Saturday, 15 May 2010


This is a catch pit!

What do you mean..."What's a catch pit?"  It's a pit to catch stuff! More accurately, it's a pit to catch runaway wagons which have broken loose from the winch which was hauling them up the 1320 yard, 1:8 Cromford and Sheep Pasture Incline which was the very beginning of the Cromford and High Peak Railway. 

When the railway first opened, this catch pit did not exist, but, on this double incline, runaway wagons could reach speeds of up to 120 miles per hour (193kph) and, in 1888, there was a rather spectacular accident here, involving a brake van loaded with gunpowder..! OOPS!!

Two years later, the catch pit was built and a railway employee given the stimulating job of working the points to divert each safely winched wagon around it.

If you click to view the picture large, you can just make out evidence that the pit did work!

This building... the Sheep Pasture Engine House (1828), which controlled the winching from the top of the incline (gasp, deep breaths - should have walked up there more slowly!)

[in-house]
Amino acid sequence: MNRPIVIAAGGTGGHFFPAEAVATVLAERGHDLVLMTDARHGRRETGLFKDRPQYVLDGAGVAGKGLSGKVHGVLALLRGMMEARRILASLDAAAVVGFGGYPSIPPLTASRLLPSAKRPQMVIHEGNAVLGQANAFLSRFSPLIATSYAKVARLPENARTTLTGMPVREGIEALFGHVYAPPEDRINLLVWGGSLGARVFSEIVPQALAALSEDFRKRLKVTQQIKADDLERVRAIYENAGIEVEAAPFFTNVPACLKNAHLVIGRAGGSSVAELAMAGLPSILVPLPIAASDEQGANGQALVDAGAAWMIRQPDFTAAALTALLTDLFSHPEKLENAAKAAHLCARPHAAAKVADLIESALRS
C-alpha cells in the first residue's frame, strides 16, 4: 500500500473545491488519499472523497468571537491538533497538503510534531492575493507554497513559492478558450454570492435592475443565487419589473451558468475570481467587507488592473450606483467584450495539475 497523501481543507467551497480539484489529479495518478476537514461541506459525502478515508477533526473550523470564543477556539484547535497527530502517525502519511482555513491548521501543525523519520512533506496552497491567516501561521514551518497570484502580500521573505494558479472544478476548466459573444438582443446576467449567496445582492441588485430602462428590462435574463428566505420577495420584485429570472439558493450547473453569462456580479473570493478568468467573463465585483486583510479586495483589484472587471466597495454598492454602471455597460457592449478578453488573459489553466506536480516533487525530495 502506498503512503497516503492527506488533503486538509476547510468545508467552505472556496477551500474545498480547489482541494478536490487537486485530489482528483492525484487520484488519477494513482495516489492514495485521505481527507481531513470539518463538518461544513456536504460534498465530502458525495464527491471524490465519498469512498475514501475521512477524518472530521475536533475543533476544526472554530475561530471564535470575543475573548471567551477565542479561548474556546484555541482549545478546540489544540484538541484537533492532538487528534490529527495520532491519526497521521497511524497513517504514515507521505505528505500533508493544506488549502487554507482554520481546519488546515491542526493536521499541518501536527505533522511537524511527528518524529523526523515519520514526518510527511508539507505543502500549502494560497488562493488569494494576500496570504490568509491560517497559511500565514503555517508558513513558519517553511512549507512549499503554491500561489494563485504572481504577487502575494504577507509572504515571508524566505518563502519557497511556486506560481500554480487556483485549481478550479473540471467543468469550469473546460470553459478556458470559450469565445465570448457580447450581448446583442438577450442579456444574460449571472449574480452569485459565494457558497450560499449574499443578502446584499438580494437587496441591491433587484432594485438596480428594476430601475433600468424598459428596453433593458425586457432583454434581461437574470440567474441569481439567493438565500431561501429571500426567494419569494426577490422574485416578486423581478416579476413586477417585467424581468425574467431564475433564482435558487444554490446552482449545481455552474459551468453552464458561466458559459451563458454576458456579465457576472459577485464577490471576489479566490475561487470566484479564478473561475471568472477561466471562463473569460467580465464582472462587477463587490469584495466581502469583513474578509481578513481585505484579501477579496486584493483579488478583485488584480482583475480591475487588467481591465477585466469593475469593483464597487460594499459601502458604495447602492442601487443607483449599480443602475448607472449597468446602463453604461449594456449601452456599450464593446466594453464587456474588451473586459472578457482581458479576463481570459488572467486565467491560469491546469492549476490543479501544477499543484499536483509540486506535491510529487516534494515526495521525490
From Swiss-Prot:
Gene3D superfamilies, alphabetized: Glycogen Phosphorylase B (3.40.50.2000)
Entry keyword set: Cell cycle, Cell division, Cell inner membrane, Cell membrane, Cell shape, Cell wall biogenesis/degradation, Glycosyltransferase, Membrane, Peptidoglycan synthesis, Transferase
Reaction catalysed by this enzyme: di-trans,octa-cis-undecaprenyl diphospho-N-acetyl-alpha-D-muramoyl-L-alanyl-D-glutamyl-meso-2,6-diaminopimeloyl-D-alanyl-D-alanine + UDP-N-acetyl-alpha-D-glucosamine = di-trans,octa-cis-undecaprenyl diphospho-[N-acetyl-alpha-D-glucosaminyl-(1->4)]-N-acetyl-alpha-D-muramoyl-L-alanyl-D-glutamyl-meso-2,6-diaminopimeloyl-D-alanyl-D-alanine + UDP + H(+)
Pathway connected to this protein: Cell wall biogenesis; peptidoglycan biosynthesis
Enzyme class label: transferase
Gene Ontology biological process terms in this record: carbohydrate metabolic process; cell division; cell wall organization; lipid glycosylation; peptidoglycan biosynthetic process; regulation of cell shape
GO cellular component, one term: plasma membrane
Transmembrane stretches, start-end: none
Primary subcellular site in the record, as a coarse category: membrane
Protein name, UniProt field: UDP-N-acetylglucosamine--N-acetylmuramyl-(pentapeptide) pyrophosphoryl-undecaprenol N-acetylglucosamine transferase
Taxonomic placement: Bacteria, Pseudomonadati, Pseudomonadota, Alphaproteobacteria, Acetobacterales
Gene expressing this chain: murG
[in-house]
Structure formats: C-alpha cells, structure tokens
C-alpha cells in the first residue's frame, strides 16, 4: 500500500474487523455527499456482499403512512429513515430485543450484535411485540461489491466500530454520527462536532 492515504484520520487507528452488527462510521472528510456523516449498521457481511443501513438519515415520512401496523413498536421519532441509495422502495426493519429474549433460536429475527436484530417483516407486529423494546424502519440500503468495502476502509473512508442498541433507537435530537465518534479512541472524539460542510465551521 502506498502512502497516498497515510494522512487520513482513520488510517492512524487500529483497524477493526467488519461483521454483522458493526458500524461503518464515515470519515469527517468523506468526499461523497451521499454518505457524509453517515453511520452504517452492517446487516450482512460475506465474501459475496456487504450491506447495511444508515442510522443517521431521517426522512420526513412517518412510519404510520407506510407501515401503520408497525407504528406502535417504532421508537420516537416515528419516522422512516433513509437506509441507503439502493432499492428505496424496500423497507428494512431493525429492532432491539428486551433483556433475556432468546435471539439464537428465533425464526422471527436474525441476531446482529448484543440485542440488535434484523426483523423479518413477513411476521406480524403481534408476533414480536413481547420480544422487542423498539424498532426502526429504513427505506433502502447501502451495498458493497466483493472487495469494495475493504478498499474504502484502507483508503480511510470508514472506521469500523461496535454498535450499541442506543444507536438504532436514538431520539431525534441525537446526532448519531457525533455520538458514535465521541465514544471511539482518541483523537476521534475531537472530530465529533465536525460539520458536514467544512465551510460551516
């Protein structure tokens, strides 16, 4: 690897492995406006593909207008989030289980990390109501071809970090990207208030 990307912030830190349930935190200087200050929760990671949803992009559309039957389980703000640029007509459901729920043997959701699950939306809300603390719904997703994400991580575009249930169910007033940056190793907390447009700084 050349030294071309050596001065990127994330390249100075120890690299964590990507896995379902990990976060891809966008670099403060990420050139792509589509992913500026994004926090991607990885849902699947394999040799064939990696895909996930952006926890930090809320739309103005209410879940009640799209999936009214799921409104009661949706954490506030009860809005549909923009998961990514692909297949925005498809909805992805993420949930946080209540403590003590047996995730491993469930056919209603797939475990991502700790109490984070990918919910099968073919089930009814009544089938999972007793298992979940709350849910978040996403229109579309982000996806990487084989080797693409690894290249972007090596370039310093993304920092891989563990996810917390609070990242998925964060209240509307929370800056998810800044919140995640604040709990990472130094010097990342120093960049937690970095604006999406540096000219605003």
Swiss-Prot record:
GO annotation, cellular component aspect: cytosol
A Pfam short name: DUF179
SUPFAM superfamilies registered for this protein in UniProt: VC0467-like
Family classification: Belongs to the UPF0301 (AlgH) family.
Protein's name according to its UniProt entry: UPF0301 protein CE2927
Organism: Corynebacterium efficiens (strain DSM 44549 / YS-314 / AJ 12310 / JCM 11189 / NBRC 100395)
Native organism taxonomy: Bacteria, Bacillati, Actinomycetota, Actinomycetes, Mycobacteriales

And these...

...are the mechanisms way down below the catch pit, which controlled that end of the winching process.

We didn't actually need to walk to the very top of the incline; our footpath back to Cromford branched off half way up. The view from the top was worth it though. Unfortunately, being a very dull day (will it, won't it, will it, won't it, will it, won't it ...rain?) the view on camera was just so many shades of blurry, greenish-grey! You'll have to use your imagination :p


  1. Wow! I feel like I took a visit to another country. I love the pictures and the information on a catch pit. I had never heard of one. Thanks for sharing the lovely photos. What a talented photographer you are.

    Thanks for leaving a comment on my blog. Have a wonderful week-end!

  2. i liked reading this. what happens with the cars in the catch pit? they're left there?

    thanks for reading picky and leaving it some love. :]